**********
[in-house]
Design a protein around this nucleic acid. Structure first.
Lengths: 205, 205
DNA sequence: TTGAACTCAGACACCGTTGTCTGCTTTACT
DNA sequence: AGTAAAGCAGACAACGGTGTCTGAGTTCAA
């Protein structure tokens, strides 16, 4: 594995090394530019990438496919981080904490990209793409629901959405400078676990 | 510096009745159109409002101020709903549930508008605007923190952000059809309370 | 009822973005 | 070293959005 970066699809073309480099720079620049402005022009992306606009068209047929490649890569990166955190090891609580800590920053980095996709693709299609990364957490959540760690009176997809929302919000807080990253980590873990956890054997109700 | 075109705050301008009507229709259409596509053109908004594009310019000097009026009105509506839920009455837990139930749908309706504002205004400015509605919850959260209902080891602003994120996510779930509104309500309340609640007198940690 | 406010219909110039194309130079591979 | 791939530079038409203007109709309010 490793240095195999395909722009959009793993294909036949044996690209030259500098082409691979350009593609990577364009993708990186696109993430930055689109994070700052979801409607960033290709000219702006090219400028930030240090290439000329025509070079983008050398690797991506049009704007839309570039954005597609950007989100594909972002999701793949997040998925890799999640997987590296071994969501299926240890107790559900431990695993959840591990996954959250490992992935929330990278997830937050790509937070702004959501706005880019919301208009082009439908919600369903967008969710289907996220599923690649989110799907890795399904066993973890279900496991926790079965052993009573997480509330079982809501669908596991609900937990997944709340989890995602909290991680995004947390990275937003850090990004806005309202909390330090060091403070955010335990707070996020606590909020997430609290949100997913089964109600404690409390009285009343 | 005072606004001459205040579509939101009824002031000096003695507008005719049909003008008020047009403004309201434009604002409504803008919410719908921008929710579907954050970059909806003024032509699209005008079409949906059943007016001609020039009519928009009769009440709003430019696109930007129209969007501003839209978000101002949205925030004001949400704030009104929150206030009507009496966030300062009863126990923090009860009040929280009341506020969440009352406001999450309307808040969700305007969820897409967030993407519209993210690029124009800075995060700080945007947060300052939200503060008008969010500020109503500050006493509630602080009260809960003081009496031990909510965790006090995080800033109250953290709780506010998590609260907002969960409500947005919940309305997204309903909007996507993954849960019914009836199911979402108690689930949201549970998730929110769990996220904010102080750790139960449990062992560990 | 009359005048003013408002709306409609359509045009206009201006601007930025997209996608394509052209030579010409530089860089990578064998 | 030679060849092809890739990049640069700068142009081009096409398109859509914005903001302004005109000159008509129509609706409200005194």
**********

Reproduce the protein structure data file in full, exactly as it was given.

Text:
[in-house]
Design a protein around this nucleic acid. Structure first.
Lengths: 205, 205
DNA sequence: TTGAACTCAGACACCGTTGTCTGCTTTACT
DNA sequence: AGTAAAGCAGACAACGGTGTCTGAGTTCAA
């Protein structure tokens, strides 16, 4: 594995090394530019990438496919981080904490990209793409629901959405400078676990 | 510096009745159109409002101020709903549930508008605007923190952000059809309370 | 009822973005 | 070293959005 970066699809073309480099720079620049402005022009992306606009068209047929490649890569990166955190090891609580800590920053980095996709693709299609990364957490959540760690009176997809929302919000807080990253980590873990956890054997109700 | 075109705050301008009507229709259409596509053109908004594009310019000097009026009105509506839920009455837990139930749908309706504002205004400015509605919850959260209902080891602003994120996510779930509104309500309340609640007198940690 | 406010219909110039194309130079591979 | 791939530079038409203007109709309010 490793240095195999395909722009959009793993294909036949044996690209030259500098082409691979350009593609990577364009993708990186696109993430930055689109994070700052979801409607960033290709000219702006090219400028930030240090290439000329025509070079983008050398690797991506049009704007839309570039954005597609950007989100594909972002999701793949997040998925890799999640997987590296071994969501299926240890107790559900431990695993959840591990996954959250490992992935929330990278997830937050790509937070702004959501706005880019919301208009082009439908919600369903967008969710289907996220599923690649989110799907890795399904066993973890279900496991926790079965052993009573997480509330079982809501669908596991609900937990997944709340989890995602909290991680995004947390990275937003850090990004806005309202909390330090060091403070955010335990707070996020606590909020997430609290949100997913089964109600404690409390009285009343 | 005072606004001459205040579509939101009824002031000096003695507008005719049909003008008020047009403004309201434009604002409504803008919410719908921008929710579907954050970059909806003024032509699209005008079409949906059943007016001609020039009519928009009769009440709003430019696109930007129209969007501003839209978000101002949205925030004001949400704030009104929150206030009507009496966030300062009863126990923090009860009040929280009341506020969440009352406001999450309307808040969700305007969820897409967030993407519209993210690029124009800075995060700080945007947060300052939200503060008008969010500020109503500050006493509630602080009260809960003081009496031990909510965790006090995080800033109250953290709780506010998590609260907002969960409500947005919940309305997204309903909007996507993954849960019914009836199911979402108690689930949201549970998730929110769990996220904010102080750790139960449990062992560990 | 009359005048003013408002709306409609359509045009206009201006601007930025997209996608394509052209030579010409530089860089990578064998 | 030679060849092809890739990049640069700068142009081009096409398109859509914005903001302004005109000159008509129509609706409200005194």